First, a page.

Focal and segmental glomerulosclerosis FSGS is a disease characterized morphologically by segments of sclerosis in some glomeruli. It can be primary or secondary and it usually present as nephrotic syndrome NS. Nevertheless, in FSGS some of the segmental lesions are not sclerosis, but hyaline deposits: Hyalinosis. This feature originated the classical denomination, more of the French school, focal and segmental hyalinosis.
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The Journal publishes articles on basic or clinical research relating to nephrology, arterial hypertension, dialysis and kidney transplants. It is governed by the peer review system and all original papers are subject to internal assessment and external reviews. The journal accepts submissions of articles in English and in Spanish languages.
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In recent years, the nephrological community has witnessed very important discoveries in renal diseases, and within them, in glomerulonephritis. Despite the efforts of many laboratories in recent decades, we have not yet managed to capture this or these intriguing pathogenic agent s.
As is well-known, several clinical arguments, with good reason, make us suspect the existence of this permeabilizing factor: 1 the known possibility of massive proteinuria recurring within a few hours or even minutes of a renal transplantation in patients with primary FSGS, 3 2 the disappearance of this proteinuria whenever kidneys with proteinuria recurrence are retransplanted into a patient without FSGS, 4 3 induction of proteinuria in rats in which patient serum with primary FSGS is injected, 5 and 4 the efficacy of plasmapheresis in cases of proteinuria recurrence in transplanted kidneys.
Several candidates for this mysterious and evasive permeabilizing factor have been proposed over this period, but without any reliable clinical demonstration being achieved.
In , a new candidate was proposed: soluble urokinase-type plasminogen activator receptor or suPAR. After performing plasmapheresis in recurring cases and in parallel with nephrotic syndrome remission, suPAR levels dropped significantly. Knockout animals for the urokinase-type plasminogen activator receptor uPAR coding gene showed notable resistance to proteinuria measured by lipopolysaccharides and puromycin and the administration of a specific antibody against uPAR markedly decreased the severity of renal damage.
These studies stirred up great expectation, given that they presented solid data that indicated that suPAR could be the permeabilizing factor in a majority of primary FSGS cases and also because they demonstrated potential new therapeutic avenues on blocking this factor. The structure of uPAR and its participation in many cell functions have been known for some time reviewed in Maas et al. Nevertheless, various other factors, such as the tumour necrosis factor, may perform similar actions on podocyte integrins and indeed, they exert profound changes on the cellular expression of uPAR.
Moreover, suPAR levels have been studied in very diverse diseases and it has been observed that they are characteristically high in sepsis, tumours, liver diseases and generalised arteriosclerosis. In sepsis and systemic diseases, such as systemic erythematosus lupus, a relationship between suPAR levels and survival or disease activity has been noted.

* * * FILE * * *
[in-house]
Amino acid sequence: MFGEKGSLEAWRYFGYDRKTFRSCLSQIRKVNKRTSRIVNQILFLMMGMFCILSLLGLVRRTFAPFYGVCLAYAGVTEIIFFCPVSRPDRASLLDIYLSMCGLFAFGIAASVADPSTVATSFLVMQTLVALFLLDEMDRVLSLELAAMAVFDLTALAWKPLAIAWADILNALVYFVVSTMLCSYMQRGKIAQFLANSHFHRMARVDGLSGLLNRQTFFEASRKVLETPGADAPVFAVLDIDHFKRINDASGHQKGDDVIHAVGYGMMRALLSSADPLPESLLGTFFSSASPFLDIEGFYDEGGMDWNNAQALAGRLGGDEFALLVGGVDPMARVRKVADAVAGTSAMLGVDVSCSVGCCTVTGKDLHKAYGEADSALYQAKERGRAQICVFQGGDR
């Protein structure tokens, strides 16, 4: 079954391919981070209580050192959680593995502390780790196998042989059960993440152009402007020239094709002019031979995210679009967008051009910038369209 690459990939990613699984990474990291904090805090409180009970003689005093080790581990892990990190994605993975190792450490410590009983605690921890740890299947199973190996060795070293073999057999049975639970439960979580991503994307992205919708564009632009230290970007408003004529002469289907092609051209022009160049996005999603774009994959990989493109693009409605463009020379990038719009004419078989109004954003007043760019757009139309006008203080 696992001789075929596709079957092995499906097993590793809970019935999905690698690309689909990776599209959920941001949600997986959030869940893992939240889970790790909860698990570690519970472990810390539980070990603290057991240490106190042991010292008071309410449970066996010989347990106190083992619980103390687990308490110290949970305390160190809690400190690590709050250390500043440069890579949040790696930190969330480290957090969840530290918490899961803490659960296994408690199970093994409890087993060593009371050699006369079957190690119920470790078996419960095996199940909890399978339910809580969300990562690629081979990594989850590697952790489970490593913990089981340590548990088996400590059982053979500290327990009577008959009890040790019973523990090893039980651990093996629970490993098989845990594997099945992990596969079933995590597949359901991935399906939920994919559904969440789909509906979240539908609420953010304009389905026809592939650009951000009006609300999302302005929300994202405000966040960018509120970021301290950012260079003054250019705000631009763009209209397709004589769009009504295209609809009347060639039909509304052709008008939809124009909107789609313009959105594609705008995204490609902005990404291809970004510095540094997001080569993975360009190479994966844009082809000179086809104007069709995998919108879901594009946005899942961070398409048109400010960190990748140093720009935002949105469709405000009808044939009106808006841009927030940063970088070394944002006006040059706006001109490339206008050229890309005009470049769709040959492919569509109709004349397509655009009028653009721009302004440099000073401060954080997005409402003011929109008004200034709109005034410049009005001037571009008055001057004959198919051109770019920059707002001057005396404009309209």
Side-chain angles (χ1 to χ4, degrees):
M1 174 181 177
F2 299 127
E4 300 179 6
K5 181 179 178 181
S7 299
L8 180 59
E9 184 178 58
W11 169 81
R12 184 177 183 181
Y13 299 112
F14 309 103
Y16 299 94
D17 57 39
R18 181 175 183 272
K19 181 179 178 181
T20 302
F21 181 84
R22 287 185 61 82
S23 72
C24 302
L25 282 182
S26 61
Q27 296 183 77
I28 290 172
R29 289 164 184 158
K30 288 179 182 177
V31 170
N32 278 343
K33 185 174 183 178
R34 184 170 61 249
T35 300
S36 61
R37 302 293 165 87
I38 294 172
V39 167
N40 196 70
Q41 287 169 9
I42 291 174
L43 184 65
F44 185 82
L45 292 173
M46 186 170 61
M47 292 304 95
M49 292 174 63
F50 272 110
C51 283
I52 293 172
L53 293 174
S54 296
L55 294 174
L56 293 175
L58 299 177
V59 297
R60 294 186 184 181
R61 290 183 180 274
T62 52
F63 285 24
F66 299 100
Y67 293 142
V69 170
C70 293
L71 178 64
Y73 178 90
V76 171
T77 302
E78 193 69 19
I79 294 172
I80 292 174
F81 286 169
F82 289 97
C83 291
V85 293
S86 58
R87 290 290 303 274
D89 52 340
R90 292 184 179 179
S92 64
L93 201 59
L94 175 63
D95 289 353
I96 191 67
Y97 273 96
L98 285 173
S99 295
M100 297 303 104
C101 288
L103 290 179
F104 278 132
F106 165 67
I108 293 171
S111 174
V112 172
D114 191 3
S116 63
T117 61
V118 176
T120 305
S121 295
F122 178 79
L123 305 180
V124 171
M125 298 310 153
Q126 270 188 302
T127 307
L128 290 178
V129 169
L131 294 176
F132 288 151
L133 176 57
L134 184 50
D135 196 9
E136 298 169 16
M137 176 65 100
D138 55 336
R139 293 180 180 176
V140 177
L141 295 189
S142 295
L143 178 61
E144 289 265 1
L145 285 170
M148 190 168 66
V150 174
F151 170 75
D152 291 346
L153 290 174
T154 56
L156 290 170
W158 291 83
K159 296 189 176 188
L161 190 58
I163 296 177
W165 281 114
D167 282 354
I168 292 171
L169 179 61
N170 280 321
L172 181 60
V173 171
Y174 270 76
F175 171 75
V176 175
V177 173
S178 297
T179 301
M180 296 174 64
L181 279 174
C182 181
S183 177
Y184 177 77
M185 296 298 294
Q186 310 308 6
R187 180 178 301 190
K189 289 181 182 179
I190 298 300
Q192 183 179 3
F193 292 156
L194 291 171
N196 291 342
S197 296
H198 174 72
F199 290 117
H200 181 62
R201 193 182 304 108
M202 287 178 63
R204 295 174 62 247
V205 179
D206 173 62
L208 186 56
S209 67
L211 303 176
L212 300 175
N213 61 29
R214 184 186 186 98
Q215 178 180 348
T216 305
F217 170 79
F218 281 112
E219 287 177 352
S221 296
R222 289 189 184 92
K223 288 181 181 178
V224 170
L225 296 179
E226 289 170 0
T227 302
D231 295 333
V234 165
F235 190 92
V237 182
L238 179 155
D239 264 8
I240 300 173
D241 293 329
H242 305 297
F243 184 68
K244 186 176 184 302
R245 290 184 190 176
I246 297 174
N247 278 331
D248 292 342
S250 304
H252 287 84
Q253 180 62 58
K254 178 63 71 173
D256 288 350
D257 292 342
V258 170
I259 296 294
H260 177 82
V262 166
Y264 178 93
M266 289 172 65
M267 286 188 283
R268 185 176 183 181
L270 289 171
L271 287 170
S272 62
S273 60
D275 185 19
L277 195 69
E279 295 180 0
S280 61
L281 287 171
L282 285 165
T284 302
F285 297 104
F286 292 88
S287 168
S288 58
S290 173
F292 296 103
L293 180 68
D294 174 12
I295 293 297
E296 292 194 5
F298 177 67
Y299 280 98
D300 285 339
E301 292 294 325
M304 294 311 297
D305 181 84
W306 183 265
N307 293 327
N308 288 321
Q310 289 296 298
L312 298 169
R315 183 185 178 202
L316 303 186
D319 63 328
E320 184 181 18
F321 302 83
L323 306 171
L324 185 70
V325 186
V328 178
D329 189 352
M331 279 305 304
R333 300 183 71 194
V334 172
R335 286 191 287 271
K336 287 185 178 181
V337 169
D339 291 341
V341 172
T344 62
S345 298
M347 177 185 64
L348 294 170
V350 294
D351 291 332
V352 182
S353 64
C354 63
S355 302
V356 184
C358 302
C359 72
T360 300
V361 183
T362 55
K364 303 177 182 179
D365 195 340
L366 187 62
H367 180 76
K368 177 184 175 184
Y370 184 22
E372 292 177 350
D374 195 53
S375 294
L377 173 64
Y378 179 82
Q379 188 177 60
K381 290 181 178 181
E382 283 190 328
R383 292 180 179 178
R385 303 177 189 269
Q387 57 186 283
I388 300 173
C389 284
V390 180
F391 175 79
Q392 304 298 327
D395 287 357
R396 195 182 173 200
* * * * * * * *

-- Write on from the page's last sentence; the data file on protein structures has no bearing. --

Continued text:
These data indicate a certain lack of specificity of suPAR levels, highly linked to inflammatory processes of a different kind. Another important piece of evidence, which would go against the proposed permeabilizing role of suPAR, is that in the abovementioned pathological conditions associated with very high suPAR levels, the presence of significant proteinuria was not ascertained.
Therefore, despite the attractive aspects of suPAR as a potential permeabilizing factor, there are still many aspects that need to be clarified before attributing the predominant pathogenic role to it as initial studies suggested. Moreover, we do not have rational hypotheses on mechanisms or factors that may precipitate an increase in suPAR levels in FSGS patients. In the previous edition of this journal, Segarra and collaborators presented two very interesting studies in this regard.
Furthermore, as illustrated by cases of nephrotic syndrome recurrence in transplant patients with FSGS, patients with FSGS have a period of time whose duration has not been defined, although it is probably highly variable with massive proteinuria and complete nephrotic syndrome in which the biopsy only shows data typical of minimal change disease: normal in the optical microscope, negative immunofluorescence and pedicel fusion in the electron microscope.
Only after weeks or months in this situation do lesions typical of glomerulosclerosis begin to appear. Although the results of this study are partially consistent with the two previous studies, 7,8 their results must fit with those of other critical studies with validity of suPAR determination in kidney patients. Bock and collaborators 13 found in children that suPAR levels were higher in cases with non-glomerular renal diseases than in FSGS, although there were no significant differences.
Neither were differences found with healthy controls. In this study, the presence of proteinuria was associated with lower levels of suPAR. Given the disparity of data and the absence of specifically higher values in idiopathic FSGS, the authors concluded that it is unlikely that suPAR is another factor causing FSGS and that its determination is not clinically useful. Other authors have also expressed their criticisms about the usefulness of measuring suPAR for the differential diagnosis of nephrotic syndromes.